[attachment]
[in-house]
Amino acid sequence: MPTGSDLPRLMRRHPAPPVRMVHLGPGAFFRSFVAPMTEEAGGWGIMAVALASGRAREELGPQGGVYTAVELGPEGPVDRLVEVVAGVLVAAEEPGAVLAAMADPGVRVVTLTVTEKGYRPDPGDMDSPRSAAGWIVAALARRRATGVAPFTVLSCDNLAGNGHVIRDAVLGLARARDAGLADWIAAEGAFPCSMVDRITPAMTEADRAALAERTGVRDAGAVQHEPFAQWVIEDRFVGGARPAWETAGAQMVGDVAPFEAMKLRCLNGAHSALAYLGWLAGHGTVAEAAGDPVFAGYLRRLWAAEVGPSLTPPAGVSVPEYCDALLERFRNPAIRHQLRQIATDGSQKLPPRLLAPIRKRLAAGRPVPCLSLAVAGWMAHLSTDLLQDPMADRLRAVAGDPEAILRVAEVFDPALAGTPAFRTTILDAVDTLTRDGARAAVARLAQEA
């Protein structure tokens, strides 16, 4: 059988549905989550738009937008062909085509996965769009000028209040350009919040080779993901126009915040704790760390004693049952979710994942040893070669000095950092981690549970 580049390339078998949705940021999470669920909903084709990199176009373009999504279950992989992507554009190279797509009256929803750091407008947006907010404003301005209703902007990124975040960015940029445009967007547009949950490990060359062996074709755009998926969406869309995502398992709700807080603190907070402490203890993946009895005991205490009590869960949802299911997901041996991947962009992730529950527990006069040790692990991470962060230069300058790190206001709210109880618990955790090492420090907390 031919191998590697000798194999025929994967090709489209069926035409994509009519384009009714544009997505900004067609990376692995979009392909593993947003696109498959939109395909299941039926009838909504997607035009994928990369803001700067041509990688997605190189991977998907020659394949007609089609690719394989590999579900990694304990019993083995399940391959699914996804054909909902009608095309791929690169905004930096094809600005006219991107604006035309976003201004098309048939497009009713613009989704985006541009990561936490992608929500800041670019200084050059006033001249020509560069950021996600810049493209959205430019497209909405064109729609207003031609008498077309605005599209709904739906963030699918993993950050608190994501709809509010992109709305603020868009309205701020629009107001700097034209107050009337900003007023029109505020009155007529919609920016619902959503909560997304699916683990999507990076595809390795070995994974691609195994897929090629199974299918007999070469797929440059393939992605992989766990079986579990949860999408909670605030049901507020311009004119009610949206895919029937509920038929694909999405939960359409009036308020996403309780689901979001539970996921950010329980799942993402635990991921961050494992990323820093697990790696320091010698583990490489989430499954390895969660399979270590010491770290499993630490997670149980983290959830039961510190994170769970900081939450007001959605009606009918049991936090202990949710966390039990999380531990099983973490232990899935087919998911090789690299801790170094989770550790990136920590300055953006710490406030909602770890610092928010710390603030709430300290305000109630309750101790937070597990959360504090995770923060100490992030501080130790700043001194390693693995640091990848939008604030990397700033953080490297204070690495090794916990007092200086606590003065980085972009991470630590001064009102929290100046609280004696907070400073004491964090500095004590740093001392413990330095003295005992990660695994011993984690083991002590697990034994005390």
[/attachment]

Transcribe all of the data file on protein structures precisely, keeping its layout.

[in-house]
Amino acid sequence: MPTGSDLPRLMRRHPAPPVRMVHLGPGAFFRSFVAPMTEEAGGWGIMAVALASGRAREELGPQGGVYTAVELGPEGPVDRLVEVVAGVLVAAEEPGAVLAAMADPGVRVVTLTVTEKGYRPDPGDMDSPRSAAGWIVAALARRRATGVAPFTVLSCDNLAGNGHVIRDAVLGLARARDAGLADWIAAEGAFPCSMVDRITPAMTEADRAALAERTGVRDAGAVQHEPFAQWVIEDRFVGGARPAWETAGAQMVGDVAPFEAMKLRCLNGAHSALAYLGWLAGHGTVAEAAGDPVFAGYLRRLWAAEVGPSLTPPAGVSVPEYCDALLERFRNPAIRHQLRQIATDGSQKLPPRLLAPIRKRLAAGRPVPCLSLAVAGWMAHLSTDLLQDPMADRLRAVAGDPEAILRVAEVFDPALAGTPAFRTTILDAVDTLTRDGARAAVARLAQEA
């Protein structure tokens, strides 16, 4: 059988549905989550738009937008062909085509996965769009000028209040350009919040080779993901126009915040704790760390004693049952979710994942040893070669000095950092981690549970 580049390339078998949705940021999470669920909903084709990199176009373009999504279950992989992507554009190279797509009256929803750091407008947006907010404003301005209703902007990124975040960015940029445009967007547009949950490990060359062996074709755009998926969406869309995502398992709700807080603190907070402490203890993946009895005991205490009590869960949802299911997901041996991947962009992730529950527990006069040790692990991470962060230069300058790190206001709210109880618990955790090492420090907390 031919191998590697000798194999025929994967090709489209069926035409994509009519384009009714544009997505900004067609990376692995979009392909593993947003696109498959939109395909299941039926009838909504997607035009994928990369803001700067041509990688997605190189991977998907020659394949007609089609690719394989590999579900990694304990019993083995399940391959699914996804054909909902009608095309791929690169905004930096094809600005006219991107604006035309976003201004098309048939497009009713613009989704985006541009990561936490992608929500800041670019200084050059006033001249020509560069950021996600810049493209959205430019497209909405064109729609207003031609008498077309605005599209709904739906963030699918993993950050608190994501709809509010992109709305603020868009309205701020629009107001700097034209107050009337900003007023029109505020009155007529919609920016619902959503909560997304699916683990999507990076595809390795070995994974691609195994897929090629199974299918007999070469797929440059393939992605992989766990079986579990949860999408909670605030049901507020311009004119009610949206895919029937509920038929694909999405939960359409009036308020996403309780689901979001539970996921950010329980799942993402635990991921961050494992990323820093697990790696320091010698583990490489989430499954390895969660399979270590010491770290499993630490997670149980983290959830039961510190994170769970900081939450007001959605009606009918049991936090202990949710966390039990999380531990099983973490232990899935087919998911090789690299801790170094989770550790990136920590300055953006710490406030909602770890610092928010710390603030709430300290305000109630309750101790937070597990959360504090995770923060100490992030501080130790700043001194390693693995640091990848939008604030990397700033953080490297204070690495090794916990007092200086606590003065980085972009991470630590001064009102929290100046609280004696907070400073004491964090500095004590740093001392413990330095003295005992990660695994011993984690083991002590697990034994005390």